Lots of kids love Disney animated films, watching them again and again until their parents are driven to distraction – and have memorized most of the dialog. Owen Suskind’s parents, though, don’t complain about his Disney obsession. They credit it with helping bring him back to them. The documentary “Life, Animated,” in local theaters beginning July 1, lets us share that journey.
Near the beginning of the film we see a home movie of Owen, around age 2, at play with his dad, Ron. In their game of pretend, Owen is Peter Pan, Ron is Captain Hook, and the two are dueling with makeshift swords. It’s a happy, typical family scene. But in the months after Cornelia, Owen’s mom, captures it on video, Owen begins to change. His verbal and motor skills deteriorate, he stops talking and retreats into his own isolated world. Doctors diagnose autism.
One of the few things that seems to engage Owen is watching Disney films with his older brother, Walt. And about a year after Owen’s diagnosis, his family discovers that these films hold the key to reaching inside what Ron calls “this prison of autism,” and connecting with Owen once again.
Based on the 2014 memoir by Ron, a Pulitzer Prize-winning journalist, “Life, Animated” uses a clever mix of home movies and still photos, clips from Disney films, custom animation and interviews with Owen and his family to take us from Owen’s diagnosis to his high school graduation and move – at age 23 – to his own apartment at an assisted-living facility.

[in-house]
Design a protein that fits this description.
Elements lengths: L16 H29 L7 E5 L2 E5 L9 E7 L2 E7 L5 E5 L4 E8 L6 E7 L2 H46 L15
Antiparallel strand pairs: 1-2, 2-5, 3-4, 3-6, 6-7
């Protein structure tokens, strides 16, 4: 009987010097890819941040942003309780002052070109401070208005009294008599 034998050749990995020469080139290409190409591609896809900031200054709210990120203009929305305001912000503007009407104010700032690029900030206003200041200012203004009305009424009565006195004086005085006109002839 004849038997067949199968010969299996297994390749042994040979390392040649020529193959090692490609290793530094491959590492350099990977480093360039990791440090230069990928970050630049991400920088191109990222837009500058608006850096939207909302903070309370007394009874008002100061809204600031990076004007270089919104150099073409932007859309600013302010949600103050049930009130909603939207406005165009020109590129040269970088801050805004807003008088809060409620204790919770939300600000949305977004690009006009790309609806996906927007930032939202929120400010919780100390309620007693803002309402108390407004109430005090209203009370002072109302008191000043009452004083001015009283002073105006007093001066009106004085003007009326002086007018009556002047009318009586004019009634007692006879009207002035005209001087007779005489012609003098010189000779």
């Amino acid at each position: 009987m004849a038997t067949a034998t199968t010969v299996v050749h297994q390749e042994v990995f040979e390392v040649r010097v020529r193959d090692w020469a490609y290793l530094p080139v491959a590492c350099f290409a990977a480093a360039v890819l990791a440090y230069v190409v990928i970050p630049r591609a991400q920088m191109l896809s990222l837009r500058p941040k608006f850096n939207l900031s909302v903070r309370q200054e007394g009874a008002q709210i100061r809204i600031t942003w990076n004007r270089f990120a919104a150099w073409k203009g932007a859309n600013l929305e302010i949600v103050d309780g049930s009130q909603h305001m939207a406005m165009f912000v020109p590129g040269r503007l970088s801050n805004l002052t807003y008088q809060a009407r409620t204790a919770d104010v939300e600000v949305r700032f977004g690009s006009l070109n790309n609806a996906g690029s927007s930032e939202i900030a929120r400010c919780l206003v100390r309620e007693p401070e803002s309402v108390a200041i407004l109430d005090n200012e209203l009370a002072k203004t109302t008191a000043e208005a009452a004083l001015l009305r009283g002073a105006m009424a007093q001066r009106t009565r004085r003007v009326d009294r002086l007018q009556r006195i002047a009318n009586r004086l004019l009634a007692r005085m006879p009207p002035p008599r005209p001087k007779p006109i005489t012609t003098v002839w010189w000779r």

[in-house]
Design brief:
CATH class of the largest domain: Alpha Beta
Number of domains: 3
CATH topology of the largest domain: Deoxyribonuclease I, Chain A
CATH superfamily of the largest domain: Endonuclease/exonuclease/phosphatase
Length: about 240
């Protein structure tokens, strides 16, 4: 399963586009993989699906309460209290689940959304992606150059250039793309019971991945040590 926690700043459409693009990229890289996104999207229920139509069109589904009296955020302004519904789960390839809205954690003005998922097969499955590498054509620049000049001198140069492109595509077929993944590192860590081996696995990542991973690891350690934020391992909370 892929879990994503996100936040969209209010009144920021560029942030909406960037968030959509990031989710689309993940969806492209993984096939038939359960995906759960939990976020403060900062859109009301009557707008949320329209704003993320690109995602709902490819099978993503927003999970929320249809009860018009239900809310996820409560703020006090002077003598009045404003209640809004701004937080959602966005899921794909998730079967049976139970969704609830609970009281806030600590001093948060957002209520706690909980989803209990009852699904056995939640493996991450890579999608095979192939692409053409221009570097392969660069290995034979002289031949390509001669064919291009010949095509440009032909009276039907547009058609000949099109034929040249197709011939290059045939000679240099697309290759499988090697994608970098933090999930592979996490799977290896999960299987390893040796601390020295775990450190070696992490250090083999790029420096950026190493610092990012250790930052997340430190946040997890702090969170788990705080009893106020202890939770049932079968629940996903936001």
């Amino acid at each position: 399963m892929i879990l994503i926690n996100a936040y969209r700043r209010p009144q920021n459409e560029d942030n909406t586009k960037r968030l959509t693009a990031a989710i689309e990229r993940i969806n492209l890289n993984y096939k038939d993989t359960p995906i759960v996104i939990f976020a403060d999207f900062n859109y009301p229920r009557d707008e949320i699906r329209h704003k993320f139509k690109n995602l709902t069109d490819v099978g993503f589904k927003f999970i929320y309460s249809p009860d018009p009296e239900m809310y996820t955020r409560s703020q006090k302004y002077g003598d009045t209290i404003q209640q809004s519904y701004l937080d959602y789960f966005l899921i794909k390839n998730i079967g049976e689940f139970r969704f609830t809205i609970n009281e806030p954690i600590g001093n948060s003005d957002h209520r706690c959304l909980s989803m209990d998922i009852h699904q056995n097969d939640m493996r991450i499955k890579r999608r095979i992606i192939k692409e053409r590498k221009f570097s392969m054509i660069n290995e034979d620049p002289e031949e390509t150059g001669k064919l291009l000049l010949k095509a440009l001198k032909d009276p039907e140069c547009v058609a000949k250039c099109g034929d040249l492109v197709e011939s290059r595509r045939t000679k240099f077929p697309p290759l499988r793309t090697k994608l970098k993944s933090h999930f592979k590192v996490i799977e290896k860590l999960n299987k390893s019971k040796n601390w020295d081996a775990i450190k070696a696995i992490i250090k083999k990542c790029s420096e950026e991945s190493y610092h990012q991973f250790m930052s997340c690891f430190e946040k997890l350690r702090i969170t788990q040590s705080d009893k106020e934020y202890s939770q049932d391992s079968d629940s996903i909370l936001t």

The film, directed by Academy Award winner Roger Ross Williams, premiered at January’s Sundance Film Festival, where it garnered Williams the documentary directing award.
For the autism community, “Life, Animated” covers interesting ground. Many people on the spectrum have passionate interests – from video games to military history, dinosaurs, robots and – in the case of well-known autism advocate Temple Grandin, cows. The film showcases how Owen uses his passion for Disney films to make sense of the world around him, even using the film credits to teach himself to read.
But the movie doesn’t shy away from the fact that not all of life’s experiences fit tidily into Disney dialog and plot points. Owen’s parents express their worries about getting older, and about Owen’s future after they are gone. Walt clearly loves and supports his brother, but in his mid-20s is already thinking about the day when he will take over responsibility for Owen’s care. And Owen struggles to adjust to his new independence, and to apply his Disney boy-meets-girl perspective to a real-world romance.
Through all their challenges, Ron, Cornelia, Walt and Owen form a family that is easy to root for. You can feel their love for and devotion to one another, and that is the true appeal of this film.
The saying goes that if you’ve met one person with autism, then you’ve met one person with autism. Not every kid on the spectrum can use his or her passion to reconnect with the world outside their diagnosis – but maybe, for some, their interest is a path forward. That idea, like this film, is worth a look.